BALDWIN: That's why the questions matter. Berit and Bob, thank you both so very much. As the hearings continue, let me get to this. Up next, new denial from Trump administration officials over the blistering op-ed in "The New York Times." what CNN has learned about what the President is doing behind the scenes as the denials come in.


BALDWIN: We were looking in. Here he is, Judge Brett Kavanaugh being questioned there up on Capitol Hill by senators. This is who the President would like to be his next justice on the U.S. Supreme Court. Now, there was a moment I want to play for you. Democrat Senator Kamala Harris, California. Pushing back hard on a statement from Kasowitz, Benson, and Torres. That's a law firm founded by the President's personal attorney, Mark Kasowitz, that reads.

[15:40:00] There have been no discussions regarding Robert Mueller's investigation between Judge Kavanaugh and anyone at our firm.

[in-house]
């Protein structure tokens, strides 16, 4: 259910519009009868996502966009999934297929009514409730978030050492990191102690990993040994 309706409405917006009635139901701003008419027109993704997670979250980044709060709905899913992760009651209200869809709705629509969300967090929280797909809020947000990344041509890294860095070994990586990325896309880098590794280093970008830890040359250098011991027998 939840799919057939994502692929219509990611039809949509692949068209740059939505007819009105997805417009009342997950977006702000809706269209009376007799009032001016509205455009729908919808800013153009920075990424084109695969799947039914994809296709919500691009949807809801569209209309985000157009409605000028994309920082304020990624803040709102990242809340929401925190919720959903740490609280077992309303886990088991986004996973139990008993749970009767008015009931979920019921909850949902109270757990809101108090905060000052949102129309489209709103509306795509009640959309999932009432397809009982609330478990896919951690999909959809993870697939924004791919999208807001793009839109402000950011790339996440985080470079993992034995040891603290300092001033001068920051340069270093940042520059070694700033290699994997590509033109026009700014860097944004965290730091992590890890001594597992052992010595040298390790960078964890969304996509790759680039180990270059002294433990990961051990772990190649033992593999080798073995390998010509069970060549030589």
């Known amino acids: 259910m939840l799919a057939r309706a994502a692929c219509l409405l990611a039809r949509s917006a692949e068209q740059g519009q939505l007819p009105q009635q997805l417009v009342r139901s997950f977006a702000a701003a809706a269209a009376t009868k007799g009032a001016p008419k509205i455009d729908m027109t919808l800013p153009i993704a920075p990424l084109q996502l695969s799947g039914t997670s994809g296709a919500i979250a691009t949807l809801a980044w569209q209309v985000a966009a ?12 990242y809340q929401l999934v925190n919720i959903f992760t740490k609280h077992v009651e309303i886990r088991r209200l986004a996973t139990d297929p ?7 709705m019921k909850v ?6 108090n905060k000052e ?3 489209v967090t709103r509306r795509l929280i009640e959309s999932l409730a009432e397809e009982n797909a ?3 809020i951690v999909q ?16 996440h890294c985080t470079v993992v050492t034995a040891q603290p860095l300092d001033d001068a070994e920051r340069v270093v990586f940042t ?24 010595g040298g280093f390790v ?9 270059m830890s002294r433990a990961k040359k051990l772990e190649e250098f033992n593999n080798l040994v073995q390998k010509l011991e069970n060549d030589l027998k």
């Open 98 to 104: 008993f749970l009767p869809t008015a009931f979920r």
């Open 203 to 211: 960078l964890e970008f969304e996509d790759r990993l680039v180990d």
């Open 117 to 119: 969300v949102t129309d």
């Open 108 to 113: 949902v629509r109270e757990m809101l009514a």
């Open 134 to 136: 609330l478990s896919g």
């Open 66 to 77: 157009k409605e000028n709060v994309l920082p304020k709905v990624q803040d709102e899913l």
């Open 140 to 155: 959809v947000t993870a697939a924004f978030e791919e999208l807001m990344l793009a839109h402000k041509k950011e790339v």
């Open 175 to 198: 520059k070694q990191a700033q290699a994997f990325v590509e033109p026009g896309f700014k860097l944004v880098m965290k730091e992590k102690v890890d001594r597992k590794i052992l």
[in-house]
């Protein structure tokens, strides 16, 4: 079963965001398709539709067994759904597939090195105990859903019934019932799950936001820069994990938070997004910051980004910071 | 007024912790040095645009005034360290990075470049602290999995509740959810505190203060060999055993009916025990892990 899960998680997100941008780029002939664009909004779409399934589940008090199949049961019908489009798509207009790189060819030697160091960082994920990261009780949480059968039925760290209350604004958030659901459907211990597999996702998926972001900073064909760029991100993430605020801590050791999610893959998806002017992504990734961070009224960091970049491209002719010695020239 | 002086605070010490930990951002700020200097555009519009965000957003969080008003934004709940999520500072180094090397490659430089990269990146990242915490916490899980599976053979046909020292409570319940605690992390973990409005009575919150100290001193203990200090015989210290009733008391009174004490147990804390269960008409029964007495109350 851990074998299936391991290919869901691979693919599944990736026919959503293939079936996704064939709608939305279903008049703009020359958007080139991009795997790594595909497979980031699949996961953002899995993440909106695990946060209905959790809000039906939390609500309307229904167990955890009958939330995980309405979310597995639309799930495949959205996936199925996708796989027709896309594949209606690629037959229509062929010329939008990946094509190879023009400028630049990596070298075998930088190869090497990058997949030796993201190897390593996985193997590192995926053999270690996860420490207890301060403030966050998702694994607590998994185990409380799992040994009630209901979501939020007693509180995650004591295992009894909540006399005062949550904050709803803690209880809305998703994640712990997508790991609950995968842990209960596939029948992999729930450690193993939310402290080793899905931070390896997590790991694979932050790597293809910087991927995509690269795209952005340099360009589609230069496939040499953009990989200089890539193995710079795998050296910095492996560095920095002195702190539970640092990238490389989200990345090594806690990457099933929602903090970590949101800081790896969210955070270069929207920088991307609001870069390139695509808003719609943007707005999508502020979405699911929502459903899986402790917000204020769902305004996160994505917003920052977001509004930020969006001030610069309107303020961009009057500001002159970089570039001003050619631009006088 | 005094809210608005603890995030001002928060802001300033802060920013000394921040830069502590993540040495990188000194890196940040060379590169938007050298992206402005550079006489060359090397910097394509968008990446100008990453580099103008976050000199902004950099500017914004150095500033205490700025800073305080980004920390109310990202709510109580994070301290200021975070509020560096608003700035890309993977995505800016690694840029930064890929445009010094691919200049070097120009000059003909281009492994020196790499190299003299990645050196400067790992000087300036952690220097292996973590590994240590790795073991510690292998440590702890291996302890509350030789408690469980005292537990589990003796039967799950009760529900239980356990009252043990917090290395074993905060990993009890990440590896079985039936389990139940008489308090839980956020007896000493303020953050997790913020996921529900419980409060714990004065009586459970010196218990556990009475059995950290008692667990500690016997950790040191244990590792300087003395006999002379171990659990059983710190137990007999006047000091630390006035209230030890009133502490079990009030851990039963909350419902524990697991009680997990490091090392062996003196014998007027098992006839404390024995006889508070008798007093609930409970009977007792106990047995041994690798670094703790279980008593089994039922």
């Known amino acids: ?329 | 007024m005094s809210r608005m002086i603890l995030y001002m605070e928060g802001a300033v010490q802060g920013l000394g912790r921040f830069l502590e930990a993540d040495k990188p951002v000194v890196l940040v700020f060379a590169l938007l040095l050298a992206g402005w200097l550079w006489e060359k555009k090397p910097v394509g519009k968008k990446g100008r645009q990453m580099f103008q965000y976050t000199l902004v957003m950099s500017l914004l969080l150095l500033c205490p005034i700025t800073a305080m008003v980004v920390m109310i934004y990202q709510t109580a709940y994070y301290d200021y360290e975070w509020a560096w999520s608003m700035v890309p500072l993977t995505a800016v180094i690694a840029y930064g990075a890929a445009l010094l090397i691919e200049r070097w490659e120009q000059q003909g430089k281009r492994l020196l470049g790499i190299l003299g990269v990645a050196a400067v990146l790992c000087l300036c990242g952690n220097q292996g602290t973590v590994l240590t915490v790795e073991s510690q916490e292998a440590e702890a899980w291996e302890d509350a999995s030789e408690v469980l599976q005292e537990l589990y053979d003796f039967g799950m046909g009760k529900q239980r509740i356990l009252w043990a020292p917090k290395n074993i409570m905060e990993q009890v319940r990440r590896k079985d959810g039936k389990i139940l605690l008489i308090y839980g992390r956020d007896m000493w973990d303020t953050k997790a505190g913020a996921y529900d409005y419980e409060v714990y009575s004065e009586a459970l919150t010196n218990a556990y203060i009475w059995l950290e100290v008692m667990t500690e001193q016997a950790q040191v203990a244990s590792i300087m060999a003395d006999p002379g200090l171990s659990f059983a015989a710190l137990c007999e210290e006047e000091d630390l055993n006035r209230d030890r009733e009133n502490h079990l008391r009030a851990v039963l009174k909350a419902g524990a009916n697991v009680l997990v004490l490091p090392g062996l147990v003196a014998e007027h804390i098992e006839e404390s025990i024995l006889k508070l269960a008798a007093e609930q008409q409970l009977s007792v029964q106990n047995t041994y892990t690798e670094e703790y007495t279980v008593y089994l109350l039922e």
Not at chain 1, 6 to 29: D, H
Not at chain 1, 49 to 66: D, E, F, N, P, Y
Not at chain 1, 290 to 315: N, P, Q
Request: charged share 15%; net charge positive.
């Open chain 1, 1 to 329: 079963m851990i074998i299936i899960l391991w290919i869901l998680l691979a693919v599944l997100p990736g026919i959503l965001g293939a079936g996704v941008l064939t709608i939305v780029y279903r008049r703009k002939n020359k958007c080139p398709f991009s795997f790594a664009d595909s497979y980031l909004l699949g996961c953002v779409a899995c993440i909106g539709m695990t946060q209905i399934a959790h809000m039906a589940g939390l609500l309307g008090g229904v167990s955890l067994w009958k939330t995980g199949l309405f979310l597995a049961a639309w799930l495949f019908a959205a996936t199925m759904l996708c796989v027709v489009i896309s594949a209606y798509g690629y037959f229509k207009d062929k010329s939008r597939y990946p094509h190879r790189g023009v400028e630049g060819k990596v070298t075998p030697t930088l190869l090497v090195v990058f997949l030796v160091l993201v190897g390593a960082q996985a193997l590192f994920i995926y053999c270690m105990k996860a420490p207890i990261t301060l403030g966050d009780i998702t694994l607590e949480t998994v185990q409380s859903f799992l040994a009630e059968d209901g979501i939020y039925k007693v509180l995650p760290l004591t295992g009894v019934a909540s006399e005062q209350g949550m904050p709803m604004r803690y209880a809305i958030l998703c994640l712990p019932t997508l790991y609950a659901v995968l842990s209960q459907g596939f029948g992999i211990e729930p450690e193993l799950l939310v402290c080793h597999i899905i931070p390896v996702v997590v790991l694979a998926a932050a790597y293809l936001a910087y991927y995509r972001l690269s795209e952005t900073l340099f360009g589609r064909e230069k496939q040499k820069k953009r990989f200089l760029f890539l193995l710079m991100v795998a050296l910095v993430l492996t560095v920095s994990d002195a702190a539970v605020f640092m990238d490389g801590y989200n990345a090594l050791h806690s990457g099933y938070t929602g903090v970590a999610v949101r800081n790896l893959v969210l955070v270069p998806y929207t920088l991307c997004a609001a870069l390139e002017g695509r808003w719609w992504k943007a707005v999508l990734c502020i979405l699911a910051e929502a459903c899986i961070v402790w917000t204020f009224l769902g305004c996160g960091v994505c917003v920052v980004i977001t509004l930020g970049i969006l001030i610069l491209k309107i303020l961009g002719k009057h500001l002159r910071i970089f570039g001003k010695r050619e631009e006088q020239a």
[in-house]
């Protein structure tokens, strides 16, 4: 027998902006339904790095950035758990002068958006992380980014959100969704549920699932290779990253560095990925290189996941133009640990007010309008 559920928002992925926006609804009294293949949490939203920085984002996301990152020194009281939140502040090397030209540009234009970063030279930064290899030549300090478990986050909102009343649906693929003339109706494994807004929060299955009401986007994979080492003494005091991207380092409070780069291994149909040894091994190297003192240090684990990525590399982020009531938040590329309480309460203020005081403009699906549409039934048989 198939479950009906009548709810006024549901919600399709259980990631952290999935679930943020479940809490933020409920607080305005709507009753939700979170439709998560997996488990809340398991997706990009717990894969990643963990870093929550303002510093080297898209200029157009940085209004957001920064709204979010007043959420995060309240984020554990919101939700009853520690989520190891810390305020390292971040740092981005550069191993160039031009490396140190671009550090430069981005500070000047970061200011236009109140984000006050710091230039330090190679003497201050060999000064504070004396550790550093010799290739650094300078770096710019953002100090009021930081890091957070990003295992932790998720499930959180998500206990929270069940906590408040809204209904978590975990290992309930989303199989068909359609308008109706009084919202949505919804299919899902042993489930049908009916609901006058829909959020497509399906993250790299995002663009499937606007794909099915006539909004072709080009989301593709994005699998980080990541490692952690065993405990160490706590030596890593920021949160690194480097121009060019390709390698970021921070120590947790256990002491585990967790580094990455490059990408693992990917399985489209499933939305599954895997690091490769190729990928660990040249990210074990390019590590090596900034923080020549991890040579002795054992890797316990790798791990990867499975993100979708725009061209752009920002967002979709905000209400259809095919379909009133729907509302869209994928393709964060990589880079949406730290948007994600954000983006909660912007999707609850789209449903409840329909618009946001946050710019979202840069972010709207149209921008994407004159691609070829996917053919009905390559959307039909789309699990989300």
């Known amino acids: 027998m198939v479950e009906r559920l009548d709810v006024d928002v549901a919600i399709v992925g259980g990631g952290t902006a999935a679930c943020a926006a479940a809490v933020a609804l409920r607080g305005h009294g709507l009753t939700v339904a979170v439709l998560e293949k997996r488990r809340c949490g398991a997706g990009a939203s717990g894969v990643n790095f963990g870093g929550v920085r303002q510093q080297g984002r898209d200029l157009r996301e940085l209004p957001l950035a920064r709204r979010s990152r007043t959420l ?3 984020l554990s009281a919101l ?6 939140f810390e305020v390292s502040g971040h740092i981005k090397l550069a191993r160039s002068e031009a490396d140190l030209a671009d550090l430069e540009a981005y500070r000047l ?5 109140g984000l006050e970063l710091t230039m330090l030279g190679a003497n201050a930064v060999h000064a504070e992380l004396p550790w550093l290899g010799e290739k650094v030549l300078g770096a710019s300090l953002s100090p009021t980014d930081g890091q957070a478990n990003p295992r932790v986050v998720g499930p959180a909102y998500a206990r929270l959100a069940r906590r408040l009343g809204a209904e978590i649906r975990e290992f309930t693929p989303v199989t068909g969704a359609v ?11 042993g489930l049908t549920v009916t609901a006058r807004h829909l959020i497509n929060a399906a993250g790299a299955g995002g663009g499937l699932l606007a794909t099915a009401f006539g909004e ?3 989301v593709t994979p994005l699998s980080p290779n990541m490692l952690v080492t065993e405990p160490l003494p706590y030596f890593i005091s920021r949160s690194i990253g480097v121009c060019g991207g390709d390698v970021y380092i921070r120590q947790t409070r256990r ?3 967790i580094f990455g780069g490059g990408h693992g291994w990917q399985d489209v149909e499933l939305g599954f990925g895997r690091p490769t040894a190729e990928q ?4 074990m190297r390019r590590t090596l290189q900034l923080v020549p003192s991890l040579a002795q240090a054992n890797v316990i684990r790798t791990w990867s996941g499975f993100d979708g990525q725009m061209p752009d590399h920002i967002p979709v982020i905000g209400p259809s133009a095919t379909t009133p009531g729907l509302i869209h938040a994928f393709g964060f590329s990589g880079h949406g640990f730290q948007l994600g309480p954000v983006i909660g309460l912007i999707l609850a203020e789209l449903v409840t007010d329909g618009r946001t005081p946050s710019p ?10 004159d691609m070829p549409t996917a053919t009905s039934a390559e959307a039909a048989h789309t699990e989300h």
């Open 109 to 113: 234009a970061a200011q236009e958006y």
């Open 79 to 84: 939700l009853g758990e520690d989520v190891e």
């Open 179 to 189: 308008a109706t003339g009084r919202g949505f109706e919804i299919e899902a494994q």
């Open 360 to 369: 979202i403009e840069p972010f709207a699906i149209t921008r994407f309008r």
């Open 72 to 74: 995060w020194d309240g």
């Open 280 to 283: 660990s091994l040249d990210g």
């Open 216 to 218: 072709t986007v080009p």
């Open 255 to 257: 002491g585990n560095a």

What am I talking about? Let's get to the scene here. Senator Harris telling CNN the law firm is not under oath. This is coming after a mysterious line of questions that happened last evening. Watch this.


SEN. KAMALA HARRIS (D), CALIFORNIA: Judge, have you ever discussed special counsel Mueller or his investigation with anyone?

KAVANAUGH: Well, it's in the news every day.

HARRIS: Have you discussed it with anyone?

KAVANAUGH: With other judges I know.

HARRIS: Have you discussed Mueller or his investigation with anyone at Kasowitz, Benson, and Torres, the law firm founded by Mark Kasowitz, President Trump's personal lawyer. Be sure about your answer, sir.

KAVANAUGH: Well, I'm not remembering, but if you have something you want to --

HARRIS: Are you certain you have not had a conversation with anyone at that law firm?